In this regard, the relationship between climate change and food security is either highly imagined or just taken for granted as part of sustainable development.

Furthermore, the highly talked about food security is also assumed to be deficient in addressing issues of ecosystem balancing since the world continues to witness land degradation, depletion of nutrients, desertification, groundwater shortages, pollution and erosion of cultural values, among others.

Food sovereignty is considered appropriate in its ability to factor in social control at the heart of production.

It also acknowledges that there are cultural and social dimensions to food as well taking into consideration the value of access to market supplies of food, food production and supplies to the consumers.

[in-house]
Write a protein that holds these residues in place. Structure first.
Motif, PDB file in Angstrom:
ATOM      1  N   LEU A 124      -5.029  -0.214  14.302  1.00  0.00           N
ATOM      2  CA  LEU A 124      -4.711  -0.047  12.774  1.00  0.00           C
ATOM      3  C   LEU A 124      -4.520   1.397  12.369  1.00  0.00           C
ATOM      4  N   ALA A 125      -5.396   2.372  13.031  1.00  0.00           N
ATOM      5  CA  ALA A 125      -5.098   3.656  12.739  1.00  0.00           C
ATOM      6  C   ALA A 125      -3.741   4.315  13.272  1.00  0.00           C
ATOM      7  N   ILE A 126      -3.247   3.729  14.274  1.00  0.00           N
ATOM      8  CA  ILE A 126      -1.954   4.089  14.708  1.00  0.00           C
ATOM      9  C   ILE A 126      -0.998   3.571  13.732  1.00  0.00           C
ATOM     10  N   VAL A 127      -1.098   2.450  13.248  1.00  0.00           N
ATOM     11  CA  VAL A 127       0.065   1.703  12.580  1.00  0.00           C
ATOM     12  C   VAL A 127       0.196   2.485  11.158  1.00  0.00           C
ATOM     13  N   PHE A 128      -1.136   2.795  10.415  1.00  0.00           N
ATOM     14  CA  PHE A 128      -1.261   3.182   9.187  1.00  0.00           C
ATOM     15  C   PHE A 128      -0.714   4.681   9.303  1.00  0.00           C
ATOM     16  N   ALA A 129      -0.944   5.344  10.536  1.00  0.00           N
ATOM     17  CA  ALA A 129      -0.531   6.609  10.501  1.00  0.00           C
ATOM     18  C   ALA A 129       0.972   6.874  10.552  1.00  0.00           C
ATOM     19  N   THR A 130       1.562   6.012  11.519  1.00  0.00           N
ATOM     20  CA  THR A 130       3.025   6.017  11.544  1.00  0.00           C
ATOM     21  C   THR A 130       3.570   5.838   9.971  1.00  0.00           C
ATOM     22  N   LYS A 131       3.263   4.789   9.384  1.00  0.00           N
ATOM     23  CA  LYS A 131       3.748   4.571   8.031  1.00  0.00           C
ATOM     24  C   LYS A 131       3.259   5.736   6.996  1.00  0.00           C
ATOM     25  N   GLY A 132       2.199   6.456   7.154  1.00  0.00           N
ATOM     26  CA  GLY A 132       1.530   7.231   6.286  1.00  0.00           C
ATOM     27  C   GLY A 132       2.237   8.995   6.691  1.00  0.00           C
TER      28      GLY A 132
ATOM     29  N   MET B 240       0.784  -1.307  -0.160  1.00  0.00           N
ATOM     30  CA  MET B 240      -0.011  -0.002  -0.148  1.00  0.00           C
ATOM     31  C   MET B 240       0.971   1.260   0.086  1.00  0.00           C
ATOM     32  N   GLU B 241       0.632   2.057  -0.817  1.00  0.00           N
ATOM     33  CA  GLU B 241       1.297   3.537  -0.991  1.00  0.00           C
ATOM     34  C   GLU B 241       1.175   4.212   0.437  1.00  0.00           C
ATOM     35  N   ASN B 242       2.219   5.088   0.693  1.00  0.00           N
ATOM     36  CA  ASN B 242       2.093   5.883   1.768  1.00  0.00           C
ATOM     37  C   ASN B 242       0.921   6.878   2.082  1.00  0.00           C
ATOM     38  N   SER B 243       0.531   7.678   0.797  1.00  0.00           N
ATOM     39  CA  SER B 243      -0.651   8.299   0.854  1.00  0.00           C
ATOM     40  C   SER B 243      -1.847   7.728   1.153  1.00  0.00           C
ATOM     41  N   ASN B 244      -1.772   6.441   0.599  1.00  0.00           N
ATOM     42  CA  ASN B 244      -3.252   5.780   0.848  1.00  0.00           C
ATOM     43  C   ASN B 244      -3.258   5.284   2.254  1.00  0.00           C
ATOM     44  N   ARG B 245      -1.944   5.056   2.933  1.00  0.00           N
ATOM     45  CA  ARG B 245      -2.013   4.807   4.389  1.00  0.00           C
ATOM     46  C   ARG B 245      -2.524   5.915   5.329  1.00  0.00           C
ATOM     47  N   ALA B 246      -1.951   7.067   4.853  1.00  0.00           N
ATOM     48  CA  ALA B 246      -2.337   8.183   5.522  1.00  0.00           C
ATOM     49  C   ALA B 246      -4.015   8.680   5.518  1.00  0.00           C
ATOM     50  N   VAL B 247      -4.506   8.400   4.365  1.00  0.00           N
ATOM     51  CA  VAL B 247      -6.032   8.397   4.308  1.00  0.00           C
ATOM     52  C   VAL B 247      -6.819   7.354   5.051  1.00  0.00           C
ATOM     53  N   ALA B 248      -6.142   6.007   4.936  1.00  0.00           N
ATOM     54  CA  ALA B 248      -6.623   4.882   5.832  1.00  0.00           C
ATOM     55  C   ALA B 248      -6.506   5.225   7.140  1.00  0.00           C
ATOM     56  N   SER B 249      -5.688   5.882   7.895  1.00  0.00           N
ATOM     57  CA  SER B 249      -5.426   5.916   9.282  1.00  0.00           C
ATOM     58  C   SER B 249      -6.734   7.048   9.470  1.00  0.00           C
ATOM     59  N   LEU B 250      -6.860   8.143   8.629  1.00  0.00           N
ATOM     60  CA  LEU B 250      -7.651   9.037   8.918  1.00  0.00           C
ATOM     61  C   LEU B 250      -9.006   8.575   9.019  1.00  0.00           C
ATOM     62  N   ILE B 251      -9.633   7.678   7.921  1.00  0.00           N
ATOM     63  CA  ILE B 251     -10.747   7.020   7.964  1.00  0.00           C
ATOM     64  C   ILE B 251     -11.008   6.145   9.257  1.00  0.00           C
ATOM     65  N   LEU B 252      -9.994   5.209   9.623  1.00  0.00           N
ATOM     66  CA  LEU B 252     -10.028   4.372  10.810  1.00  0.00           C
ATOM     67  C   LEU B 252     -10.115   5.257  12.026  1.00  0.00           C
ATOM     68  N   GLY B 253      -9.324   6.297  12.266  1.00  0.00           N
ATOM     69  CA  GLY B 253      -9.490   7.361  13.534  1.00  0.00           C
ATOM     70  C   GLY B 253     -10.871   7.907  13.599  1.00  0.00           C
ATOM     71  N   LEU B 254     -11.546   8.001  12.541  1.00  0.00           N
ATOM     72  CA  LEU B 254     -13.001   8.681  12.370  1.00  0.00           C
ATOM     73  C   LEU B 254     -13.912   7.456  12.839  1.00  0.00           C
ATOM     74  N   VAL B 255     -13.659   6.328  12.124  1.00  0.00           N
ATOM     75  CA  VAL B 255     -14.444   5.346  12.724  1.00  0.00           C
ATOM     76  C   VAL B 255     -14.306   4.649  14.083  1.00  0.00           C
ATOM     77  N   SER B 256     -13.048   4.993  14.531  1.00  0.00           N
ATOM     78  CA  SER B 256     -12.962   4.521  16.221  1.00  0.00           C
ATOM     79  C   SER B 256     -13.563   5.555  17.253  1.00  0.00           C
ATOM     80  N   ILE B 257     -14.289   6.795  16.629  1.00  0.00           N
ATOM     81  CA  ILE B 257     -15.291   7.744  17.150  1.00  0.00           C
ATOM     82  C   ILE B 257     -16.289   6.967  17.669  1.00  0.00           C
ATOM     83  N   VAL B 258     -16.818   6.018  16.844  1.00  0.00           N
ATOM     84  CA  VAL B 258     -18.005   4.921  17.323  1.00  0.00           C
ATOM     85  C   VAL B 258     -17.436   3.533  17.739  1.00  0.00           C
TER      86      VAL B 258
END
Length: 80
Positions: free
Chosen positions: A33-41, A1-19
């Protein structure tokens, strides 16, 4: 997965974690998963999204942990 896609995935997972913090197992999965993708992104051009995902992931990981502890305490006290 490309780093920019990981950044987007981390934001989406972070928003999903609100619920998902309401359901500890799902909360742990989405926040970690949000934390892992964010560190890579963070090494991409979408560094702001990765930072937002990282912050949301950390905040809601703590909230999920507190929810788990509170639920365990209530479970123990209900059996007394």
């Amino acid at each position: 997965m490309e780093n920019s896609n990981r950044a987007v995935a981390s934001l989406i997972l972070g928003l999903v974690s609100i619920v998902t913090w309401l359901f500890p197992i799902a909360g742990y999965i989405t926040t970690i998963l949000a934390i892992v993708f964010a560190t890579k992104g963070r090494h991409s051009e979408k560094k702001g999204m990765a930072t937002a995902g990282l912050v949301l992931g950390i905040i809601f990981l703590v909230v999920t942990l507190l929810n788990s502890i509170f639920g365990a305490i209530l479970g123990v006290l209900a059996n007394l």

In this regard, food sovereignty is seen as autonomous rather than promoting monopolies while food security is believed to have resulted in the loss of autonomy, hence farmers and local producers no longer have a voice in their farming matters and market systems.

Food sovereignty calls for the mobilisation of small-scale producers to build spaces and confidence for participation of locals and establish localised food systems, livelihoods and ecologies.

It is in this regard that the local and the grassroot voices are the best in sustainable development as well as being instrumental in the fight against climate change impacts.

For these reasons, food sovereignty can be described as sufficiently informative and transformational, resulting in social justice and ecological sustainability.

It creates room for small-scale producers that have been marginalised by the corporate monopoly for generations to articulate problems from their own experiences.

Finally, food sovereignty intends to build alternatives to the food security discourse, with the strength to localise food systems and emphasise the role of food production as a social and cultural part of the people’s livelihoods including fighting against climate change.